Are We Ready for Pro-Semitism?

Not so long ago, my cousin returned from a trip to China with some curious news: People thought highly of Jews there. She’d seen it in the shops, where products touted the virtues of the likes of Albert Einstein and other members of the tribe noted for their intelligence and work ethic. She’d seen it in the people, who welcomed them in the most warm manner and introduced them to some extraordinary foods — including a kind of pudding made from durian. And she’d seen it in the country itself, a growing, industrious land much like her own, the United States, filled with people who want to make connections.

The intriguingly positive stereotypes associated with Jews that my cousin encountered in China remind me of the possibility that we may be entering a new era in relations between Jews and the rest of the world. Already, the United States, Great Britain and Canada have taken steps that aim to counter the efforts of the anti-Semitic Boycott, Divestment and Sanctions (BDS) movement in their respective nations. Ties between Israel and India are warming up, with big-budget deals on the horizon. And one look at the comments on the Times of Israel‘s Facebook page can say much about the dedication people around the globe have for the Jewish state.

What’s going on here? Surely, there are still those crawling out from under their rocks to malign people of my faith with the usual nonsensical accusations that we are deceitful, have big noses, are out to get everyone and own the banks/media/amusement parks, etc.? Is it possible that we’re discovering a new, pro-Semitic alternate universe?

There’s no question that anti-Semites remain as vocal as ever, and the stereotypes they perpetuate are villainous. They’re still around. Yet another factor has taken effect: The impact of the global economy and players that have come into their own on the worldwide stage. This has led to an influx of good feelings about Jews in general … ones that disseminate a perception of those who adhere to this culture as smart, hard-working, dedicated and driven to succeed. Those are values that should be highly regarded everywhere, but they’re particularly well thought of in countries such as China, where my cousin encountered people who were keen to reach out and connect with her. Such connections were surely made at the “China-Israel Technology, Innovation and Investment Summit” that took place in Beijing last month—an event that strongly points to the burgeoning links between these two nations. Still, the positive vibes surrounding this activity aren’t just relegated to matters of money; there’s an image thing going on, too, and it has to do with how Jews, as a whole, appear to other populations.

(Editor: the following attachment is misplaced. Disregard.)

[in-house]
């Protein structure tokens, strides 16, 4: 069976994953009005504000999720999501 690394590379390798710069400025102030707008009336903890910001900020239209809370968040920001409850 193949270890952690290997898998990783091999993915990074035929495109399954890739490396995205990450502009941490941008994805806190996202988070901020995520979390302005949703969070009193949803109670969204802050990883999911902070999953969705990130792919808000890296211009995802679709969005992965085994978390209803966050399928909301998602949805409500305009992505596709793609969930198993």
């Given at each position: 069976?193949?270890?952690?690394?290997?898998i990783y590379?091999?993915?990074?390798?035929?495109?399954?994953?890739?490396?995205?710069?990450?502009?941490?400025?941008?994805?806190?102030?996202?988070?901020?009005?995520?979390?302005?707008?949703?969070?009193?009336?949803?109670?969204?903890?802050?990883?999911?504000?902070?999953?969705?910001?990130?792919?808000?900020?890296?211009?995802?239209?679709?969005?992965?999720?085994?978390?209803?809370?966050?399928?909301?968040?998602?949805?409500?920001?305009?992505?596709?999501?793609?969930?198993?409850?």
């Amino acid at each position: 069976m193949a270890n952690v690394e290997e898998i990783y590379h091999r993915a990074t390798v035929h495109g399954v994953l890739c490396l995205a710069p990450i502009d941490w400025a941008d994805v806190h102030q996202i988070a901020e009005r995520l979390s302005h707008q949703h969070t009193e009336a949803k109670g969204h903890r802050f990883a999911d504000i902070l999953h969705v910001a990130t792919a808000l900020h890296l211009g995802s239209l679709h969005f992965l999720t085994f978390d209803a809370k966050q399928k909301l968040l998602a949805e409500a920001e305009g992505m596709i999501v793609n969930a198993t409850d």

Strangely—and, of course, happily—this appearance is a good one.

We’re not out of the woods yet when it comes to anti-Semitism. It still infuses governments, individuals and entities such as BDS while inciting hatred and vile stereotypes about Judaism, Israel and those who embrace them. We are, however, seeing that the Old World that cultivated such vicious misconceptions is now sharing space with a New World that can mitigate such invective … a New World that doesn’t see Jews as conniving, homeless Shylocks with big noses but as a people with a highly developed culture and an enterprising nature, worthy of cultivating relationships with and building trust. If we continue to foster such ties, there’s no telling just how great the success resulting from them will be. My feeling is that these links will keep expanding, and the impact will be significant. Jews have always encountered obstacles throughout their existence. Perhaps this is one time where the obstacles are turning into goals.

Generalizing about a population, however positive and uplifting it may be, is always a fallacy, of course. Individuals are different in every case; no two people are alike in intelligence, appearance, demeanor or behavior. Yet I can only smile when I think about the appeal Jews have in countries such as China, where my cousin found such a warm reception and discovered that her own heritage was associated with goodness, was even touted as something to admire on products sold in stores. It’s a refreshing change from the anti-Semitism we have had to deal with through the ages. I say: Long may it continue.

And I have a distinct feeling it’ll get even better than this.

About the Author
Simon Hardy Butler is a writer and editor living in New York City. He has written for publications ranging from Zagat to Adweek and has interviewed innumerable people—including two Auschwitz survivors whose story may be heard at the United States Holocaust Memorial Museum’s website. His views and opinions are his own.
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